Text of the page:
While recently touring the site where Mosby's Rangers were officially organized in 1863, I encountered a fellow visitor and his wife. The gentleman asked me if I was a Civil War buff, to which I enthusiastically responded "Yes." I then asked him the same question. He hesitated, and then replied, "Sort of," before expressing his disgust with the hero worship directed towards Colonel Mosby. To this man, Mosby was nothing more than a bandit, and his Rangers took the coward's way out, unlike his great grandfather, who had shouldered a musket and marched off to war as a member of the 5th Alabama.
This man got me thinking. Are Mosby and his Rangers worthy of admiration? There is certainly a tendency to romanticize their wartime adventures. The very idea of taking a general hostage in his own bedroom is the stuff of legend. (See here.) And there is something incredible about a handful of mounted men being able to outsmart far superior numbers. (See here.) But was Mosby a legitimate military figure, or a common criminal in cavalryman's clothing?
Mosby's irregular brand of warfare was an important component of the Confederacy's military operations in the Eastern theater of war. Mosby and his troopers disrupted the rear of the Union Army, seized valuable supplies and ammunition, took prisoners, and forced Washington to divert resources in an effort to eliminate the threat to men and materiel. Mosby's value to the war effort was recognized by no less a general than Robert E. Lee. In fact, when the Confederacy repealed the Partisan Ranger Act, largely at Lee's urging, Mosby's command was exempted along with one other group.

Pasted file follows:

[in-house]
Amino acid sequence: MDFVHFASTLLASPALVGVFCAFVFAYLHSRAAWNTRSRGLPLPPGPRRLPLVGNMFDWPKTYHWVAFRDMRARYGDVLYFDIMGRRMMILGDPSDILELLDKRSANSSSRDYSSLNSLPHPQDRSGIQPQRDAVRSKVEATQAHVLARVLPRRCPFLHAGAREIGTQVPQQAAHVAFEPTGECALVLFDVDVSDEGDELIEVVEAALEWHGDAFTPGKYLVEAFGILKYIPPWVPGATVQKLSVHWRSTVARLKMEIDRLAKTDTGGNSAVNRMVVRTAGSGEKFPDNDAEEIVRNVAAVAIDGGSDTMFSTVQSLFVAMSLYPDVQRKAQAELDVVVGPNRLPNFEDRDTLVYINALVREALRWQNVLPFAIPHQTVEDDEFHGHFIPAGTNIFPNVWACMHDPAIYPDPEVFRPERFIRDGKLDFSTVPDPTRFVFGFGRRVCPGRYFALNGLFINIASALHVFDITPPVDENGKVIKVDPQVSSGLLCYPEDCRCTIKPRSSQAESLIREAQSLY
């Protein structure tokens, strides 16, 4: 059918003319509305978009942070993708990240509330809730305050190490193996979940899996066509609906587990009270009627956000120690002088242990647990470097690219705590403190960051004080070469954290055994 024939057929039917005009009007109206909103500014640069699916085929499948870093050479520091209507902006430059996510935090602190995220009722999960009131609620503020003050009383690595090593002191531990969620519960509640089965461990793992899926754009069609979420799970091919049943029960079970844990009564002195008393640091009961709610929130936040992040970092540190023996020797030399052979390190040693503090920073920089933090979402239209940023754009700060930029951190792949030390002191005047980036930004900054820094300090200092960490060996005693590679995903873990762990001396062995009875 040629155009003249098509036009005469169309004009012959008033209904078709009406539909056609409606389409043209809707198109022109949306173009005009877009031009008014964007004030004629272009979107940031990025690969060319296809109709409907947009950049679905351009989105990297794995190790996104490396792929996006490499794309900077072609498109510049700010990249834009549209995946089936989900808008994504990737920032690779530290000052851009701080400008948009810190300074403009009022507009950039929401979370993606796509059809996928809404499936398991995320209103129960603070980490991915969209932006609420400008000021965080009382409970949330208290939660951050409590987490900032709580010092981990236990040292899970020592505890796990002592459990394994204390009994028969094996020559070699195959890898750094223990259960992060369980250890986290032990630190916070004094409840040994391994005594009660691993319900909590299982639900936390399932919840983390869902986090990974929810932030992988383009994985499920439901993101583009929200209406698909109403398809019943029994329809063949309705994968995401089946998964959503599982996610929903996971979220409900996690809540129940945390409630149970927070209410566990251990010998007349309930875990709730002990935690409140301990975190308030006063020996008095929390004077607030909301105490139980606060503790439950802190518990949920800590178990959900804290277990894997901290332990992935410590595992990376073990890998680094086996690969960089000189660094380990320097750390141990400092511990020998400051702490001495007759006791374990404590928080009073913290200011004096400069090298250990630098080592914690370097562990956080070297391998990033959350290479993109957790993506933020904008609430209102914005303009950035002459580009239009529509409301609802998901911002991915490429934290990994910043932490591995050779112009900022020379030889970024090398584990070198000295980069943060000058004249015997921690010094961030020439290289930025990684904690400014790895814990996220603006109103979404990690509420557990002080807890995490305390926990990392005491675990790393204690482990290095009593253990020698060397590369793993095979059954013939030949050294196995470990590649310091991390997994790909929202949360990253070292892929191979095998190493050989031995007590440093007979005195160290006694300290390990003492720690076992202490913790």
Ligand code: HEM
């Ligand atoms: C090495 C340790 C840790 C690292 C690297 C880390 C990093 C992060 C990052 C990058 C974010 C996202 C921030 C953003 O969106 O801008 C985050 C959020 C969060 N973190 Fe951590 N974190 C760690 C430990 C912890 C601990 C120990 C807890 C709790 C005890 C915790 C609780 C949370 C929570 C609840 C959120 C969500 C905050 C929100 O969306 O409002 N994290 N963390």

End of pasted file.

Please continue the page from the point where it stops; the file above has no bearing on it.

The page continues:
Colonel John S. Mosby (courtesy of Wikipedia Commons)
In my mind, I've always made a distinction between Mosby and other guerrilla leaders, such as William Quantrill. For the most part, Mosby enforced discipline on his ranks and avoided large-scale bloodshed and retribution killings, such as Quantrill's massacre at Lawrence, Kansas in 1863. This is not to say that Mosby's men always had clean hands. For example, Mosby ordered a retaliatory execution after several of his Rangers were killed by Federal troops under General Philip Sheridan. (See here.) Mosby's men also took livestock, horses, and crops from Quakers and Union sympathizers in Loudoun County. There is no denying, however, that Mosby was an exceptional military leader, skilled in the ways of irregular warfare. For this, he is certainly worthy of the admiration that many have accorded him. As Jeffry Wert concluded in his book Mosby's Rangers, Mosby and his men have "earned a place among some of the finest guerrilla warriors in history."